Burner Firestarters

We were sent samples of this new product by a distributor. The product comes from Denmark and is slowly making its appearance in North America. We were immediately interested due to their unique packaging. As you can see in the photos below, individual packets contain the starter material. The packet itself burns, so there is no fuss, no muss.

Front view of Burner Starters Bag
Package front view
Rear view of Burner Starters Bag
Package rear view
View of Individual Burner Starter
An individual starter

According to their product literature, Burner Firestarters have the following advantages over other starter products on the market today:

  • Low controlled flame that burns amongst the charcoal/wood, concentrating the flame within a confined area.
  • Large surface , which increases the amount of heat and prevents the firestarter from choking itself in the ashes.
  • It will light even if it has been exposed to humidity/water.
  • Product is completely odorless.
  • The sachets have a high inflammable point (> 65 degrees Celsius/> 150 degrees Fahrenheit), so no flammable warnings are required on the packaging.
  • Safe and easy to use and will not self-ignite.
  • Burner Firestarters are environmentally friendly and classified as non-hazardous and non-poisonous.

So, we decided to do a little experimentation to see how we liked this new product. As you can see in the photos below, the material contained in the sachet looks remarkably like the material in a Weber firestarter. The residue left after it burns also strongly resembles the residue left after a Weber firestarter has burned:

Closeup of sachet contents
Sachet contents
Contents burning
Contents burning
Contents burning
Contents burning
Residue left after burning
Residue left

Size-wise, each starter sachet measures about 2.5 inches square and each sachet weighs about 8 grams. For comparison, a Weber starter cube weighs anywhere from 8 grams to 15 grams, but they average out at about 10 grams. We burned a sachet side-by-side with a 10-gram Weber starter cube and they both burned about 8 minutes with a flame large enough to consider it helping to start the fire. They both burned for a longer time, but the extra time was irrelavent since the flame was too small to worry about. Both brands smoke slightly as they burn and give off just the slightest smell.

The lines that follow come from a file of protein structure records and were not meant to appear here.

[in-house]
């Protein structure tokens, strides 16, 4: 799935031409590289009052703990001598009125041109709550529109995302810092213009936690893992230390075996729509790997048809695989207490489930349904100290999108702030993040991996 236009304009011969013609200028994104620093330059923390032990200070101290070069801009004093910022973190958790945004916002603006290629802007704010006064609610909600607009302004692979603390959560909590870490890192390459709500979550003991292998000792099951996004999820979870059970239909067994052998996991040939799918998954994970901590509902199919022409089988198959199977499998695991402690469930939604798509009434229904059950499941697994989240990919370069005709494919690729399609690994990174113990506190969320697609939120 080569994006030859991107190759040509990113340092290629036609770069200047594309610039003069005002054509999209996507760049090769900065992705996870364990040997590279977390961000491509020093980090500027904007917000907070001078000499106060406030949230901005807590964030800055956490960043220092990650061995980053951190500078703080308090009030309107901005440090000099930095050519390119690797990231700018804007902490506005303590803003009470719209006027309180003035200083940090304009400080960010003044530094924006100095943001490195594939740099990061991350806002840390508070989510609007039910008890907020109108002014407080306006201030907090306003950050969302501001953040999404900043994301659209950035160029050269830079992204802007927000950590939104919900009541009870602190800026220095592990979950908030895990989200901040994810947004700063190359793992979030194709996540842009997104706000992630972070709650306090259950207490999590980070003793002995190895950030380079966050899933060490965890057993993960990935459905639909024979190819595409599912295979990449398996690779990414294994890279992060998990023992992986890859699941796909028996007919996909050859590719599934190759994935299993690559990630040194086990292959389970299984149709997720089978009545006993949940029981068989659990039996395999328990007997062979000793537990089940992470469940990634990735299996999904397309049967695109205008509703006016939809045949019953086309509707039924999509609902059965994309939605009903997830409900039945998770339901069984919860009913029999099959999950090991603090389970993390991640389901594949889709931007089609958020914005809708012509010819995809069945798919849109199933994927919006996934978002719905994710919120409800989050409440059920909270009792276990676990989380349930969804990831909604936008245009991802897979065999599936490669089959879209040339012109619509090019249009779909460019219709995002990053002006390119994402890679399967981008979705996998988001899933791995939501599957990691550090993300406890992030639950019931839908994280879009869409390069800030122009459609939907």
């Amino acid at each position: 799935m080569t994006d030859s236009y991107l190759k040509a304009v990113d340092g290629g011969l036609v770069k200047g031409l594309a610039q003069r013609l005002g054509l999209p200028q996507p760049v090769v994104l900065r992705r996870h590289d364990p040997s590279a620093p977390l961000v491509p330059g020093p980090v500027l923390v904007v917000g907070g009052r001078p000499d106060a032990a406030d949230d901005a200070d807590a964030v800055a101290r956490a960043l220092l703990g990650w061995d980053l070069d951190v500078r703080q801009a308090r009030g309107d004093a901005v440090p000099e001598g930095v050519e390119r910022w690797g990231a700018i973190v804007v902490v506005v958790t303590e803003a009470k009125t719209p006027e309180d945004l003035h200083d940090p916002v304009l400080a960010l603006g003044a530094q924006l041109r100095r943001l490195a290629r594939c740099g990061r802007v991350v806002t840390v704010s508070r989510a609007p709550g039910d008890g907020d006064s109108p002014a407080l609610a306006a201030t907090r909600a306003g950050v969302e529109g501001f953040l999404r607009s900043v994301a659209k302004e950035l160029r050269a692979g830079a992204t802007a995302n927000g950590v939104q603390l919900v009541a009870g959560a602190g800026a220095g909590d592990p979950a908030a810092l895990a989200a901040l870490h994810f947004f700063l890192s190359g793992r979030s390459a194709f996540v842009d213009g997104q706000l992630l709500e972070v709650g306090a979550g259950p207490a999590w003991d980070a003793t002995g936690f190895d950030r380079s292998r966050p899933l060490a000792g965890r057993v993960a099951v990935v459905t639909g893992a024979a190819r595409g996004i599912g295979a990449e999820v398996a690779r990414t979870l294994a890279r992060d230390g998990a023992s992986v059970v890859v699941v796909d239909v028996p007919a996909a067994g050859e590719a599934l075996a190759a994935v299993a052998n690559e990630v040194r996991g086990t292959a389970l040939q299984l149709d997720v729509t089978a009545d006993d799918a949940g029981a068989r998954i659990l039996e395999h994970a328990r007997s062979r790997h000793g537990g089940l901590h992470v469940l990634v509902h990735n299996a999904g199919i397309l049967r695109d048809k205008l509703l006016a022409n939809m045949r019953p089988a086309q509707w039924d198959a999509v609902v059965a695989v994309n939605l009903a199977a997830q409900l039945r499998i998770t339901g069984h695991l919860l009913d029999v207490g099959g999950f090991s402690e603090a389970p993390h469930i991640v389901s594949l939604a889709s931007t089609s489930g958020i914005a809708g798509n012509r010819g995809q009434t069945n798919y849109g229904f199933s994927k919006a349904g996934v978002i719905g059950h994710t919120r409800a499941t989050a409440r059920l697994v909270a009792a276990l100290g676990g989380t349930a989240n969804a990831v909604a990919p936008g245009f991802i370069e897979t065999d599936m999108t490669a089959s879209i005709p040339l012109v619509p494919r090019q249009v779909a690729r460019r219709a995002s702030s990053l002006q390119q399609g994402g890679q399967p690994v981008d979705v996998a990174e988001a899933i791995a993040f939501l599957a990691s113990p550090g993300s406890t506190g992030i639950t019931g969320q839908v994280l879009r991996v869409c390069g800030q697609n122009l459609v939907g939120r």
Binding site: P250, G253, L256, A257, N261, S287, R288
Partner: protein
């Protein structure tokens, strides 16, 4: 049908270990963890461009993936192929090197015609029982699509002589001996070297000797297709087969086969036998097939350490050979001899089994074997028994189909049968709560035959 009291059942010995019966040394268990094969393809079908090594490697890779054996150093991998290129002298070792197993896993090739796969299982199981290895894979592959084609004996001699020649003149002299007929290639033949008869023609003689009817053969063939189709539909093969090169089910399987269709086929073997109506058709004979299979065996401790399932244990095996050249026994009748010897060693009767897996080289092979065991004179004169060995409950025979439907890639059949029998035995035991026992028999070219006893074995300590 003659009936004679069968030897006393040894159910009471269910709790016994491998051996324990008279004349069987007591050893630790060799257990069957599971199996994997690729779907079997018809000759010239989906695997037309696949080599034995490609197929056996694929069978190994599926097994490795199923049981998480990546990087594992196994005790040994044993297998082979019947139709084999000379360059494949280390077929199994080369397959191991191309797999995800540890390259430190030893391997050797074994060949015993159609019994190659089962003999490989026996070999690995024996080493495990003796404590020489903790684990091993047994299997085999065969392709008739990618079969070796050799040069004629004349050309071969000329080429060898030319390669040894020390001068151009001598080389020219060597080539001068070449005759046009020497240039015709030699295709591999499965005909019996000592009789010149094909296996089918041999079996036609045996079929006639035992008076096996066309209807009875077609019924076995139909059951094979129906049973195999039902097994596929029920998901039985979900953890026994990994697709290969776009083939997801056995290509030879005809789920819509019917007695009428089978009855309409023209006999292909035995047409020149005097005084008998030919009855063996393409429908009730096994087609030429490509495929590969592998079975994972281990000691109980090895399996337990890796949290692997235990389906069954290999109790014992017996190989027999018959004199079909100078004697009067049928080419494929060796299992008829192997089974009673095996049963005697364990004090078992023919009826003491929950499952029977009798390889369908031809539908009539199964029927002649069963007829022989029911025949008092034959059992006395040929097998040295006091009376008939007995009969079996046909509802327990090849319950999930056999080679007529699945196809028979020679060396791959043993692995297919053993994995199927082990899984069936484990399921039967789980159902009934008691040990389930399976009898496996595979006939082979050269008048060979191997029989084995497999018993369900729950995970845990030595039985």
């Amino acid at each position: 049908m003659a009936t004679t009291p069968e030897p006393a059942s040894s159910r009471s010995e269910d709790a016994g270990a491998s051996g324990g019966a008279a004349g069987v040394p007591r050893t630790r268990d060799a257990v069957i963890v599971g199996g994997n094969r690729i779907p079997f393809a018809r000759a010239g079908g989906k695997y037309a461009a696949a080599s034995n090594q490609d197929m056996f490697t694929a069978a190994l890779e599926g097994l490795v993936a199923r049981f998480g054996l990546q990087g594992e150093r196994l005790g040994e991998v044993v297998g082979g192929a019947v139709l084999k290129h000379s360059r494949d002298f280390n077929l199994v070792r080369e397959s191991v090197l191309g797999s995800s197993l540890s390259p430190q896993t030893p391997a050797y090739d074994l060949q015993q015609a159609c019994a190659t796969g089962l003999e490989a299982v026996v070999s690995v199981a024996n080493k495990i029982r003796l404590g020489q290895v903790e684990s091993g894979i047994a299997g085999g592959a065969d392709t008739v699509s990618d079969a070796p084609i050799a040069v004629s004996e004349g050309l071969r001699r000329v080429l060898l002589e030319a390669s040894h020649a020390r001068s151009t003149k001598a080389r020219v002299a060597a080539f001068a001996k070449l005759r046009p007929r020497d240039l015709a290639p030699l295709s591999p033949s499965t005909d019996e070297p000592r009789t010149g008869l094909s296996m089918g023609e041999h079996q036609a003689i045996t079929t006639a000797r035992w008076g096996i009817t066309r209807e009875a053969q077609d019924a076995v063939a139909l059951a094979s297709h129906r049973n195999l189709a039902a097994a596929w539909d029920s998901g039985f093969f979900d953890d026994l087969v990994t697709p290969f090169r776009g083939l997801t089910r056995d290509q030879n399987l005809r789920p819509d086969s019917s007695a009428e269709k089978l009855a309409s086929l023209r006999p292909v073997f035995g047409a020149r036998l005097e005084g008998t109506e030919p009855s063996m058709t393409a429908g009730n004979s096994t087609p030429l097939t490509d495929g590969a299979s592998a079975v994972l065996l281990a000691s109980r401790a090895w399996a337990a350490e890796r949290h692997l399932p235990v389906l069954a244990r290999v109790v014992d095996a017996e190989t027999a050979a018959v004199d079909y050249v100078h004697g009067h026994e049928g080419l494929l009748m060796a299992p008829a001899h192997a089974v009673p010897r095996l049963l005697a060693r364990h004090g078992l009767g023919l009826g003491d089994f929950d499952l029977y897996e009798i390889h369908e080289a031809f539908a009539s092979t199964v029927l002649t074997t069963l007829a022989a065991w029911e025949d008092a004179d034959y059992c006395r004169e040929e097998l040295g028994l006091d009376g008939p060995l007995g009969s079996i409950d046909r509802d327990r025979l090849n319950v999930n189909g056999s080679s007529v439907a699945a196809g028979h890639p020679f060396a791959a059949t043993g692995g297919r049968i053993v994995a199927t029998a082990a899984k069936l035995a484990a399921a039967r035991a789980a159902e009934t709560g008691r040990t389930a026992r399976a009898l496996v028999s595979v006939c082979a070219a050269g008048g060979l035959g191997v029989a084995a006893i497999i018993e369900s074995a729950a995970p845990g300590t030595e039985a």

Next we took 2 pounds of Rancher charcoal briquettes and lit a single burner starter underneath the charcoal in a Weber Smokey Joe. At about 8 minutes into the test, we realized that the single starter wasn't going to produce a wide enough flame to ignite the entire pile of charcoal, so we added a second starter to the side of the first one. Here is what the fire looked like at the times indicated:

5 minutes into test burn
5 minutes into test burn
10 minutes into test burn
10 minutes into test burn
12 minutes into test burn
12 minutes into test burn
15 minutes into test burn
15 minutes into test burn
20 minutes into test burn
20 minutes into test burn

Price-wise, the Weber cubes cost between 16.5 and 21 cents each. Burner firestarters can be found for about 18 to 25 cents each. You may be able to find a lower price-per-starter if you can find the larger bulk containers. You may also be able to find these starters under the Char-Broil label. But, while they are more expensive, they are ever so more convenient to use than other starter methods. No bottles of fluid, no electric cord, no big metal chimney to lug around. If you were going on a cookout, you could just toss a few of these into the lunch basket or wherever. There's no mess like with Weber starter cubes, which get white flakes of the starter material all over everytime you pop one out of the 24-cube tray. So, we think these are a welcome addition to the arsenal of tools that cooks have for getting their charcoal started.

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